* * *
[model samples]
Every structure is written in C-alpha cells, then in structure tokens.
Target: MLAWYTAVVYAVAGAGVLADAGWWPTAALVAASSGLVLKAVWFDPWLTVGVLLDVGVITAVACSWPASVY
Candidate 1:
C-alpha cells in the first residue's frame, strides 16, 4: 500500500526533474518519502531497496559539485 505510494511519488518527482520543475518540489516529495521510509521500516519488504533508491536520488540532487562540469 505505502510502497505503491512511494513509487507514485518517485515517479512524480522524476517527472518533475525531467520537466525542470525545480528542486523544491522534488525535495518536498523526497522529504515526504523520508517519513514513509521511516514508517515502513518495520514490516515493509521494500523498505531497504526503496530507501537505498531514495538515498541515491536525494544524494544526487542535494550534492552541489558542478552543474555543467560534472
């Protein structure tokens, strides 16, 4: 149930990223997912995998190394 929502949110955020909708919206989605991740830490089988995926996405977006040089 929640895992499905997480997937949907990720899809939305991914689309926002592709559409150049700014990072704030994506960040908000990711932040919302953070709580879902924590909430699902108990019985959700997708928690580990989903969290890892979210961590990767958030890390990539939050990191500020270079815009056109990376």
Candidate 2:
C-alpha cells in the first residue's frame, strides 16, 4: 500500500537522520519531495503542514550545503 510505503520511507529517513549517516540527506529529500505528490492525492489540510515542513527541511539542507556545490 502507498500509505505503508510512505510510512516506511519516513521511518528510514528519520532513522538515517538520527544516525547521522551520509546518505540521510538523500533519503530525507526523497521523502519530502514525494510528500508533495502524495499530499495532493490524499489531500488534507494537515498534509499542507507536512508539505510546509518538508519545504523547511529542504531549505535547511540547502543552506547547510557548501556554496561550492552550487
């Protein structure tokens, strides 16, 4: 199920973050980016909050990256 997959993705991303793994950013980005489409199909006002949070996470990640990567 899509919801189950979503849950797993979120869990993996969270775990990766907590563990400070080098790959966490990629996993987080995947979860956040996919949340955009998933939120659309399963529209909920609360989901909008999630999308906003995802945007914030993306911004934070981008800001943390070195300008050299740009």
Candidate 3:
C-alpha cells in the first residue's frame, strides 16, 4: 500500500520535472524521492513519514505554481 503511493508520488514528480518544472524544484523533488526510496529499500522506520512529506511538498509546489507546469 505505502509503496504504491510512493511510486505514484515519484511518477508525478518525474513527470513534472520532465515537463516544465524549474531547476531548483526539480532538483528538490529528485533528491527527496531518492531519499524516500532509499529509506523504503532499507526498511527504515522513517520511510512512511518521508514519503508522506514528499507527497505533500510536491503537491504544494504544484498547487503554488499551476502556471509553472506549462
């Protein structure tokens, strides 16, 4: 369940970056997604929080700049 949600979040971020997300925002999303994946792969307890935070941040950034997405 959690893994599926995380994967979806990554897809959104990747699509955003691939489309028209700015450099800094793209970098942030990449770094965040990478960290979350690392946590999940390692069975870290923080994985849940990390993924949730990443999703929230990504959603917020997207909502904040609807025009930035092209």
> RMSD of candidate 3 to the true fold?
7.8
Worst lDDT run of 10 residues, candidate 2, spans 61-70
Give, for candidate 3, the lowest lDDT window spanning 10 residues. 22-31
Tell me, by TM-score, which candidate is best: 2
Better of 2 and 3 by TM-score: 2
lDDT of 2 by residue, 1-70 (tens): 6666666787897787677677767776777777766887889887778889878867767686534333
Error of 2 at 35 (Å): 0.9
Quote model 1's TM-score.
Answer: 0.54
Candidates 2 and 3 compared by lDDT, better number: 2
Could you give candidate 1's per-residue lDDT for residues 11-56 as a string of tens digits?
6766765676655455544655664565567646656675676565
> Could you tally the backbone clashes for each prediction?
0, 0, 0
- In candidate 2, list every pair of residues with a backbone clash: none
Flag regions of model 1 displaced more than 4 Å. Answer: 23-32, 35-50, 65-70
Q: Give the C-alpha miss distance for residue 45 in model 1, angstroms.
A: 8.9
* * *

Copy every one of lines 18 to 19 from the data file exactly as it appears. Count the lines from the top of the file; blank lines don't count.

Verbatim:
Better of 2 and 3 by TM-score: 2
lDDT of 2 by residue, 1-70 (tens): 6666666787897787677677767776777777766887889887778889878867767686534333